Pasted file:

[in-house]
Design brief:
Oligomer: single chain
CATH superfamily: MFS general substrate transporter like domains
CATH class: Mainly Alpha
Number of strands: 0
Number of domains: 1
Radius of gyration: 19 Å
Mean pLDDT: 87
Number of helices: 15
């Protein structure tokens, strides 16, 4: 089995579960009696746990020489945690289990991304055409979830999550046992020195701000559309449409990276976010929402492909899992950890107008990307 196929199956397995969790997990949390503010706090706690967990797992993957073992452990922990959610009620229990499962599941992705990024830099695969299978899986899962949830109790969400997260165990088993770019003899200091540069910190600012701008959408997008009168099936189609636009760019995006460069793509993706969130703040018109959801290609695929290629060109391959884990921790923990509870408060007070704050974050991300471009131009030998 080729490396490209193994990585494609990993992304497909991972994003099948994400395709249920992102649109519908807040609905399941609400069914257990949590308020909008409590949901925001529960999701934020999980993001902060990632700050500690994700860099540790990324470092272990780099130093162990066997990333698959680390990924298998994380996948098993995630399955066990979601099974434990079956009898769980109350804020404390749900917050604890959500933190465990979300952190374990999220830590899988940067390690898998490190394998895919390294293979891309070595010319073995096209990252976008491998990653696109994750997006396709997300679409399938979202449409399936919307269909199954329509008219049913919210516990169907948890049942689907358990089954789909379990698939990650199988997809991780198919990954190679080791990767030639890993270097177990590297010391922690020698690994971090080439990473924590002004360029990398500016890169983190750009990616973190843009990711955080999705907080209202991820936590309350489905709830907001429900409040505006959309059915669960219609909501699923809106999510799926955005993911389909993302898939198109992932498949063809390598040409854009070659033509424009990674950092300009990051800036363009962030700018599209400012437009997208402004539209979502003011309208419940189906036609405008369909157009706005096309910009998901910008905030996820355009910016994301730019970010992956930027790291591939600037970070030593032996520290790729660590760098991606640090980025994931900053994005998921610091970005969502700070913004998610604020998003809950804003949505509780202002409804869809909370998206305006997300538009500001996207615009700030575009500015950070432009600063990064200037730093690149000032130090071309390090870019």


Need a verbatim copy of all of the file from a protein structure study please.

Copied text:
[in-house]
Design brief:
Oligomer: single chain
CATH superfamily: MFS general substrate transporter like domains
CATH class: Mainly Alpha
Number of strands: 0
Number of domains: 1
Radius of gyration: 19 Å
Mean pLDDT: 87
Number of helices: 15
């Protein structure tokens, strides 16, 4: 089995579960009696746990020489945690289990991304055409979830999550046992020195701000559309449409990276976010929402492909899992950890107008990307 196929199956397995969790997990949390503010706090706690967990797992993957073992452990922990959610009620229990499962599941992705990024830099695969299978899986899962949830109790969400997260165990088993770019003899200091540069910190600012701008959408997008009168099936189609636009760019995006460069793509993706969130703040018109959801290609695929290629060109391959884990921790923990509870408060007070704050974050991300471009131009030998 080729490396490209193994990585494609990993992304497909991972994003099948994400395709249920992102649109519908807040609905399941609400069914257990949590308020909008409590949901925001529960999701934020999980993001902060990632700050500690994700860099540790990324470092272990780099130093162990066997990333698959680390990924298998994380996948098993995630399955066990979601099974434990079956009898769980109350804020404390749900917050604890959500933190465990979300952190374990999220830590899988940067390690898998490190394998895919390294293979891309070595010319073995096209990252976008491998990653696109994750997006396709997300679409399938979202449409399936919307269909199954329509008219049913919210516990169907948890049942689907358990089954789909379990698939990650199988997809991780198919990954190679080791990767030639890993270097177990590297010391922690020698690994971090080439990473924590002004360029990398500016890169983190750009990616973190843009990711955080999705907080209202991820936590309350489905709830907001429900409040505006959309059915669960219609909501699923809106999510799926955005993911389909993302898939198109992932498949063809390598040409854009070659033509424009990674950092300009990051800036363009962030700018599209400012437009997208402004539209979502003011309208419940189906036609405008369909157009706005096309910009998901910008905030996820355009910016994301730019970010992956930027790291591939600037970070030593032996520290790729660590760098991606640090980025994931900053994005998921610091970005969502700070913004998610604020998003809950804003949505509780202002409804869809909370998206305006997300538009500001996207615009700030575009500015950070432009600063990064200037730093690149000032130090071309390090870019």